Special Issues » The Pride Issue 2012

What the modern terms for gender and sexual identity mean



Despite our best efforts, the City Paper was not able to find anyone for three of the LGBTQQIAA terms: B (for bisexual), Q (for questioning), and A (for asexual). Here are the definitions to those terms and the others in the acronym. The definitions come from GLAAD's Media Reference Guide , Out and Equal, and UC San Diego's Lesbian, Gay, Bisexual, Transgender Resource Center.

A woman whose enduring physical, romantic, and/or emotional attraction is to other women.

The adjective used to describe people whose enduring physical, romantic, and/or emotional attractions are to people of the same sex. Or a term used in some cultural settings to represent males who are attracted to males in a romantic, erotic, and/or emotional sense.

Bisexual, Bi
An individual who is physically, romantically, and/or emotionally attracted to men and women. Bisexuals need not have had sexual experience with both men and women. In fact, they need not have had any sexual experience at all to identify as bisexual.

A person who lives as a member of a gender other than that expected based on anatomical sex. Sexual orientation varies and is not dependent on gender identity.

An umbrella term that embraces a matrix of sexual preferences, orientations, and habits of the not-exclusively heterosexual-and-monogamous majority. Queer includes lesbians, gay men, bisexuals, transpeople, intersex persons, the radical sex communities, and many other sexually transgressive (underworld) explorers.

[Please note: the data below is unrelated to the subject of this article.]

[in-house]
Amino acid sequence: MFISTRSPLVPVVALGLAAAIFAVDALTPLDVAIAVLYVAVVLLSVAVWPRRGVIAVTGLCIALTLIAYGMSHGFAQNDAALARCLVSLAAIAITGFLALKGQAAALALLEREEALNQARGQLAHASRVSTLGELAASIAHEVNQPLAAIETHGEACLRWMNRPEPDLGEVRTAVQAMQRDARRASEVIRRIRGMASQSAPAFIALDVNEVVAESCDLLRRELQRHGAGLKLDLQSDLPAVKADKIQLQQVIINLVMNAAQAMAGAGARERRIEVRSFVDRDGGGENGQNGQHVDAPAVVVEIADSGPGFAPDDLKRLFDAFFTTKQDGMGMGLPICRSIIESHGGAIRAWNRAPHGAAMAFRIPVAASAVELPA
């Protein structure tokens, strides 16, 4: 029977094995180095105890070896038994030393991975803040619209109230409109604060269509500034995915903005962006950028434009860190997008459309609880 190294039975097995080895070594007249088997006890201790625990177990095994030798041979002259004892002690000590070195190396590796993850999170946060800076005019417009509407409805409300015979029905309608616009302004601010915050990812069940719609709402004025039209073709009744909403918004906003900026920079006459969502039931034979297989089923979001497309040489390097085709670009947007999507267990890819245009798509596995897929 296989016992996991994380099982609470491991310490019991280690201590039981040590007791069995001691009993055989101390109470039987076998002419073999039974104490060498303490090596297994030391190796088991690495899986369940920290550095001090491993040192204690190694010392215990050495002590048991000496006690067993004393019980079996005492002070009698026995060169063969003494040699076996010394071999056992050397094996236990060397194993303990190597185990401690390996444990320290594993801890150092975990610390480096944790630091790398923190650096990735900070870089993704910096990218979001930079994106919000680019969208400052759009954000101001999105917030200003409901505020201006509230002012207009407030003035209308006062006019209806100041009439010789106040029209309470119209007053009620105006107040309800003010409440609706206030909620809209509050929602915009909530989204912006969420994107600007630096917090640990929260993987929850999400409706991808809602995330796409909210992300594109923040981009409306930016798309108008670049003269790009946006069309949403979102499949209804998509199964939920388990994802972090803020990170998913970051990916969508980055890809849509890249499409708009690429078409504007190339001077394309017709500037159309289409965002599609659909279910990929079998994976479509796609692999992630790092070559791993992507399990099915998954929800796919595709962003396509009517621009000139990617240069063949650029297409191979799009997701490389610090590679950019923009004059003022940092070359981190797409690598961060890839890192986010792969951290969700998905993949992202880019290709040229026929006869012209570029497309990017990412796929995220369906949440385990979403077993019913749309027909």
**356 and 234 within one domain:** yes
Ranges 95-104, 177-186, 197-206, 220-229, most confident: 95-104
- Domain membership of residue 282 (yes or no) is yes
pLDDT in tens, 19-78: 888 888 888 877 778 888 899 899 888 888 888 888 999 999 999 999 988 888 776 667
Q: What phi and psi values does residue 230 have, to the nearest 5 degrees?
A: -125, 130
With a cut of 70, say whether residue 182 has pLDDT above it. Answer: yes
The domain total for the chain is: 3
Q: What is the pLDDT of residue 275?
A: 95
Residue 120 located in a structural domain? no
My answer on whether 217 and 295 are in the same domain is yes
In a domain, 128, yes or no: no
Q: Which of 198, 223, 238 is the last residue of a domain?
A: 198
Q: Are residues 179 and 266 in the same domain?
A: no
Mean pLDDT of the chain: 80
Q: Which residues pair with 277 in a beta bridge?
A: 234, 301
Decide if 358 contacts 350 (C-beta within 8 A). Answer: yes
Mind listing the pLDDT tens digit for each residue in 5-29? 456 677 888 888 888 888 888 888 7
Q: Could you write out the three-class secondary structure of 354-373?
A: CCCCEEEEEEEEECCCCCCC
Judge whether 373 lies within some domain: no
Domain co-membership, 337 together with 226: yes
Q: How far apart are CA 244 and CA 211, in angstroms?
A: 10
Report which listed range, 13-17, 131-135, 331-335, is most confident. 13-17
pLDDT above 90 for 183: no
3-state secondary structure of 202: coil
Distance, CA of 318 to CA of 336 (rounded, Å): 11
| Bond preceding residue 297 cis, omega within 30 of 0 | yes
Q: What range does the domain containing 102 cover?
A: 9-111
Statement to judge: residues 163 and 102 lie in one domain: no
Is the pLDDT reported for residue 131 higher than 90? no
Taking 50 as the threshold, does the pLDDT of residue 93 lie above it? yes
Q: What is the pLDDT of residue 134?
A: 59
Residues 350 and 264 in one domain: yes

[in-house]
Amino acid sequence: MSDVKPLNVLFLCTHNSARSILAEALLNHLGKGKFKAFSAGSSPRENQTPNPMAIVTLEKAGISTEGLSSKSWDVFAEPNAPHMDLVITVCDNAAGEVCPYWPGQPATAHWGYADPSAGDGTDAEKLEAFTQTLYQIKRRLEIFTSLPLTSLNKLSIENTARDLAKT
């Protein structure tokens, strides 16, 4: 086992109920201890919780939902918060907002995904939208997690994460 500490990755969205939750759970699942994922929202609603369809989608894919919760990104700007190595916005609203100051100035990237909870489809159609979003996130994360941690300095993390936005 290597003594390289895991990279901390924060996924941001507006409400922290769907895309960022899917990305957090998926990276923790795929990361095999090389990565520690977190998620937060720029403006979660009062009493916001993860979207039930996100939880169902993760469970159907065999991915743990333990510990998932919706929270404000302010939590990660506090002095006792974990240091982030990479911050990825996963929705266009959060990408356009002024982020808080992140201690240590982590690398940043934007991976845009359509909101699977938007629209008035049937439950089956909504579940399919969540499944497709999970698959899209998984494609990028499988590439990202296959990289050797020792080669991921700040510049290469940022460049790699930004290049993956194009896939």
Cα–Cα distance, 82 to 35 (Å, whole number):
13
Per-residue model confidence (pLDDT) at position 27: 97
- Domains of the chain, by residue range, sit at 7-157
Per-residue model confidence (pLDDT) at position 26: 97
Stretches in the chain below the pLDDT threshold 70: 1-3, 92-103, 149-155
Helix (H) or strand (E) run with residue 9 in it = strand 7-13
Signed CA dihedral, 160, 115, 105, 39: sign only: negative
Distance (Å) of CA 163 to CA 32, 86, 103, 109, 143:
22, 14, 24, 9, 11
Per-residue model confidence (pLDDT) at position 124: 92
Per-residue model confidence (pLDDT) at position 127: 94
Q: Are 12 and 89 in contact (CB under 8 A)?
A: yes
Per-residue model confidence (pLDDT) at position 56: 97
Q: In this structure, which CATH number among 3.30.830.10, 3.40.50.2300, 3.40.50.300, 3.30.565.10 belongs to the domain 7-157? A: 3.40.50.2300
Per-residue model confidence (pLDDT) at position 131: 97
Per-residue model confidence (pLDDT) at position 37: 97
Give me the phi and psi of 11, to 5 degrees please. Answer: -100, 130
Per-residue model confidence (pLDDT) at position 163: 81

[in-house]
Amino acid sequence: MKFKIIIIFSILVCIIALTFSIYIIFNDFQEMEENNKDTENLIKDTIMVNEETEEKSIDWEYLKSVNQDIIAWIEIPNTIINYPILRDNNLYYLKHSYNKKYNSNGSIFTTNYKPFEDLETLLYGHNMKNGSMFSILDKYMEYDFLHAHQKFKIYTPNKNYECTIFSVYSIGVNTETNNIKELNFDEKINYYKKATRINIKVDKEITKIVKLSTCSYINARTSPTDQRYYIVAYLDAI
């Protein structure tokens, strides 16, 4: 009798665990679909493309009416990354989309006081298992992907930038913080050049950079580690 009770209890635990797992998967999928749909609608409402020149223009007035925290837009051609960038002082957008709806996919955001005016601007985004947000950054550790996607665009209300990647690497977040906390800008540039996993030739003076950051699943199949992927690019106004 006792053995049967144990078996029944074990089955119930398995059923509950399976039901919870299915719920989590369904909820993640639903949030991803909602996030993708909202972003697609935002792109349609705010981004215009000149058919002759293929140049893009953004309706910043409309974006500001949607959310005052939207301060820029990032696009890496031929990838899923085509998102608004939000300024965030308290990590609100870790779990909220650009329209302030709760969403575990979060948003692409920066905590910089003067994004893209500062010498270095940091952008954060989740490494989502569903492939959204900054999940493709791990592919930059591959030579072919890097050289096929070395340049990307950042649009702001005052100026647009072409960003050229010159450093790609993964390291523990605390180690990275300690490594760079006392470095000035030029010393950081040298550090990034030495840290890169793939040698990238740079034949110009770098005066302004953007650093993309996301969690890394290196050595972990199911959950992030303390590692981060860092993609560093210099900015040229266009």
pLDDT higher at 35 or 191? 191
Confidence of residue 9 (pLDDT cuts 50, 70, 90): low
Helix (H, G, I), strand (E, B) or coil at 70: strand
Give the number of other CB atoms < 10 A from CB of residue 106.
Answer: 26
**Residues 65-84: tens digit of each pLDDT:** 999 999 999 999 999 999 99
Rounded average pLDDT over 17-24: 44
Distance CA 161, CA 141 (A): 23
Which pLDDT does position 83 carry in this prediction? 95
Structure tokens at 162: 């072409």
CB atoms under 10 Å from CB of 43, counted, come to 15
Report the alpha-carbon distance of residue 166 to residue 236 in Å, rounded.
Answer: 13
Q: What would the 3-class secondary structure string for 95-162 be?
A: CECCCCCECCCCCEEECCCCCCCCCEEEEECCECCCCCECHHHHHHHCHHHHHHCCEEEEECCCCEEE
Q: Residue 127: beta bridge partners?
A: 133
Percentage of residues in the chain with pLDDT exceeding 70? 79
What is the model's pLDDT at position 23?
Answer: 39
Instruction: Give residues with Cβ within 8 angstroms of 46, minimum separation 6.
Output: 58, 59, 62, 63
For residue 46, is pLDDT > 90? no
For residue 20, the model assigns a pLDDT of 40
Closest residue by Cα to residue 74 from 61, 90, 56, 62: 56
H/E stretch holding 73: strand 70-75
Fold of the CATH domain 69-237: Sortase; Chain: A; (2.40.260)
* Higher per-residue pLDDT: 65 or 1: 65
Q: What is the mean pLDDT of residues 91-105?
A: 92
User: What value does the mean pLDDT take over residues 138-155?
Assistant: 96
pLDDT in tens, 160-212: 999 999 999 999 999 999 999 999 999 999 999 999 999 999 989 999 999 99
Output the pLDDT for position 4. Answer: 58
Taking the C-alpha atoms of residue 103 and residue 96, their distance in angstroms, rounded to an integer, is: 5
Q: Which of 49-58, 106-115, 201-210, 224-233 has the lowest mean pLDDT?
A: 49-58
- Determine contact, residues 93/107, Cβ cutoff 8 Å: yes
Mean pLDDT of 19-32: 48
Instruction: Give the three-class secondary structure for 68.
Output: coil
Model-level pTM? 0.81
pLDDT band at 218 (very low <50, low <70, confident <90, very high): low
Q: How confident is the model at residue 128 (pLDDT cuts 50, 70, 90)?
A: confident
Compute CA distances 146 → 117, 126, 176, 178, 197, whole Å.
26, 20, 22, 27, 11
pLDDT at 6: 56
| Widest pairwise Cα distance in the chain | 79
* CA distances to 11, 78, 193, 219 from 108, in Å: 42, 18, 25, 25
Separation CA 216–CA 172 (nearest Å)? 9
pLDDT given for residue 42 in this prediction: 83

A person who is unsure of their sexuality or same-sex-loving feelings.

Someone whose sex a doctor has a difficult time categorizing as either male or female. A person whose combination of chromosomes, gonads, hormones, internal sex organs, gonads, and/or genitals differs from one of the two expected patterns.

Person who is not sexually attracted to anyone or does not have a sexual orientation.

Someone who confronts heterosexism, homophobia, biphobia, transphobia, and heterosexual and genderstraight privilege in themselves and others; a concern for the well-being of lesbian, gay, bisexual, trans, and intersex people; and a belief that heterosexism, homophobia, biphobia, and transphobia are social justice issues.

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